I hate to push analysis of what was intended to be a lighthearted footnote any further, and leaving aside anyone else's impressions of the relative merits of what the best game night in the NFL is...but isn't it just as appropriate (and possibly probably closer to the original intent of the phrase) to view the concept of "Monday Morning Quarterbacking" as referring to the criticism of college and possibly high school games (played in general on Saturdays and Fridays, respectively) after the weekend in which they were played?
5.1.2007 3:52pm
WHOI Jacket:
The Statue of Liberty play lives!

Go Broncos!

Bill Simmons may be the best sports columist ever. Even if he is a total Boston homer.
5.1.2007 4:03pm
Igglephan (mail):
But 'tis TMQ that is passe. Aside from flogging of dead horses, intellectual and moral condescention, and excruciating length, what is good about it? And Tuesday Morning Quarterback is just another one of Greg Easterbrook's bad puns, utterly dependent on "Monday Morning Quarterback[ing]." It's still better than his writing on religion, though.
5.1.2007 4:29pm
Igglephan (mail):
But 'tis TMQ that is passe. Aside from flogging of dead horses, intellectual and moral condescention, and excruciating length, what is good about it? And Tuesday Morning Quarterback is just another one of Greg Easterbrook's bad puns, utterly dependent on "Monday Morning Quarterback[ing]." It's still better than his writing on religion, though.
5.1.2007 4:29pm
Ubertrout (mail) (www):
It is interesting that this is the second time, on a panel with Judge Easterbrook, that Judge Evans has made a shout-out to TMQ. Anyone have any insight into this?
5.1.2007 4:31pm
Apparently Football Has No Offseason:
This is not a one-sided love affair. Gregg Easterbrook has mentioned Judge Evans in at least one previous installment of TMQ from Aug. 2004:

Indian team name sidelight -- see this recent decision by the Federal 7th Circuit Court of Appeals concerning the University of Illinois' use of Chief Illiniwek as a sports figure. Legally the case turns on the "Pickering/Connick test," and of course you know what that is, right? The court decision cites cool college sports nicknames such as the University of Evansville Purple Aces. It contain important statistics, including that the most common college sports nickname is Eagles (56 schools), followed by Bulldogs (40) and Wildcats (33). Golden is the most common nickname adjective, with 15 colleges being Golden Eagles, others Golden Seals or Golden Suns. What team would want to be the Yellow Suns, anyway? But the really interesting part of the decision is that its author, federal appellate judge Terry Evans, is a serious Packers fan who attends games and once tried on a cheesehead in the gift shop of the Green Bay Hall of Fame at Lambeau Field. Judge Evans, you have your priorities in order! ( Here is the "authentic" cheesehead as sold by the Packers for $17.95. Accept no inauthentic cheeseheads!)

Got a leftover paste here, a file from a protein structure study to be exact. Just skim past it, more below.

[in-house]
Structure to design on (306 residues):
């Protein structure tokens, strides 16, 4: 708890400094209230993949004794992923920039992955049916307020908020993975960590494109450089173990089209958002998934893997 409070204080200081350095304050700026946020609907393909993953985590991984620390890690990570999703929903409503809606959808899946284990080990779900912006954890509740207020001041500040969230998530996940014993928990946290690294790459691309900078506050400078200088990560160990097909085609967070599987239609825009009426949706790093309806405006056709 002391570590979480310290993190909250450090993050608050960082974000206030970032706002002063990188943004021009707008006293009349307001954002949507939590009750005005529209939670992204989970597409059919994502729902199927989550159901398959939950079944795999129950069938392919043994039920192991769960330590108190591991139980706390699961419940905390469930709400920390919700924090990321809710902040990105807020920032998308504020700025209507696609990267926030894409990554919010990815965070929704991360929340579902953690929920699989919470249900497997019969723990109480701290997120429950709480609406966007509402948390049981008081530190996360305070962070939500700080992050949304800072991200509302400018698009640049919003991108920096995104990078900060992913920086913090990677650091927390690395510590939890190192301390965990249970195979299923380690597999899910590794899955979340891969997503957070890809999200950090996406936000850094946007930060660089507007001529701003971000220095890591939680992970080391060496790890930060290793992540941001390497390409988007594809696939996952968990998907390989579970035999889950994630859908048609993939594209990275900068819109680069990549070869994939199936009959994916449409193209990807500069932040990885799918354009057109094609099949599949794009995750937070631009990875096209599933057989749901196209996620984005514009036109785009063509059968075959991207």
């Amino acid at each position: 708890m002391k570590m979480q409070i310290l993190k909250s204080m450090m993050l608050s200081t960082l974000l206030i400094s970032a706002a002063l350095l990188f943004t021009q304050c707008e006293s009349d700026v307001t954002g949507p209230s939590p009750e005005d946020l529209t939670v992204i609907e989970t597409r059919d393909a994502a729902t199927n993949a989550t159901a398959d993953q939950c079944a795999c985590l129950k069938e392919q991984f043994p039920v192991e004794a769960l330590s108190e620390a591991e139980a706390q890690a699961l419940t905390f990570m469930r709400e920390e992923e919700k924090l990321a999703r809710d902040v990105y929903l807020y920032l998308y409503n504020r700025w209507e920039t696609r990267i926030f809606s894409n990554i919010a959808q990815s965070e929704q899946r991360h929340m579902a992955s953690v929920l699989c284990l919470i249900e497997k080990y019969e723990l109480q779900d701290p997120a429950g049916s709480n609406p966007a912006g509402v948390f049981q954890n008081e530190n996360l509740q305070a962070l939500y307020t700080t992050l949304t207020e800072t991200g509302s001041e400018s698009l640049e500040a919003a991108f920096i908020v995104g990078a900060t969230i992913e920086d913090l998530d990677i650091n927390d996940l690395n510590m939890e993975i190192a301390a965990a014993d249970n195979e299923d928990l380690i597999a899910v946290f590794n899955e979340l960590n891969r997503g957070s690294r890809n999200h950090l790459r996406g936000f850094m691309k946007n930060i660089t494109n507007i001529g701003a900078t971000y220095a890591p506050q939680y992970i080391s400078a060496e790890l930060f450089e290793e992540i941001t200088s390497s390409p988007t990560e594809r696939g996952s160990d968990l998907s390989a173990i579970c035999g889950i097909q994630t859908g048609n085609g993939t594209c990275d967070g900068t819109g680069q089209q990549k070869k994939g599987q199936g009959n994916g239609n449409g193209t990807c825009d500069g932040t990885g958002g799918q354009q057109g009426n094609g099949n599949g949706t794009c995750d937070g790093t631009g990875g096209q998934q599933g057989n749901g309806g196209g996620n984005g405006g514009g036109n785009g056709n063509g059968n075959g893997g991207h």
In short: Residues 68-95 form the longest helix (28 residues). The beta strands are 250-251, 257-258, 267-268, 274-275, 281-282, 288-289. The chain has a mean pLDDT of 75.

TMQ knows about Judge Evans' love for the Packers because an Official Brother of TMQ, Frank Easterbrook, is also a judge on the 7th Circuit Court of Appeals. See the How Appealing federal-courts blog for an interview in which Frank declares that, in order to maintain judicial impartiality, he roots equally for the Chicago Bears, Green Bay Packers and Indianapolis Colts, the three NFL teams under his jurisdiction. (The 7th Circuit has federal appellate jurisdiction over Illinois, Indiana and Wisconsin.) The How Appealing blog also provides a link to a Legal Affairs magazine article that inadvertently identified yours truly as a federal judge. Surely this means Sports Illustrated will inadvertently identify Frank as a football columnist!
5.1.2007 5:26pm
Peter King's MMQB column is only excellent if you like having to skip at least half of the column due to his complaining about his travel woes, the quality of his latest Starbucks drink, his daughters' high school sports, and worst of all his colon problems and diarrhea on a plane flight.

To borrow from TMQB, ye gods! And this ignores the rather regular Patriots- or Favre-centric focus. Me, I'll stick with Football Outsiders. TMQB for some amusement, and Dr. Z for the 'get off my lawn' crotchety old man bit (with some good analysis still in there).
5.1.2007 5:55pm
Apparently this guy didn't watch the Fiesta Bowl. He didn't say the hook and ladder was a thing of the past, too, did he?

Worst... game... ever.

Oh, and Texas sucks.
5.1.2007 6:21pm
. . . but it completely overlooks Peter King's excellent "Monday Morning Quarterback" column on the Sports Illustrated web site.

Didn't realize Sports Illustrated was even still in business.
5.1.2007 6:22pm

Should have read the comments. As Toll Booth Willie would say, I'm an "unoriginal b-st-rd," and a "sack of f-cking repeating sh-t."
5.1.2007 6:24pm
Al Maviva (mail) (www):
Ye Gods, indeed.

Shame on you commenters who are misspelling the (more frequent) sportswriting Easterbrook's name.

Everybody knows, or should know, that he is tastefully named Gregg, not Greg.
5.2.2007 11:41am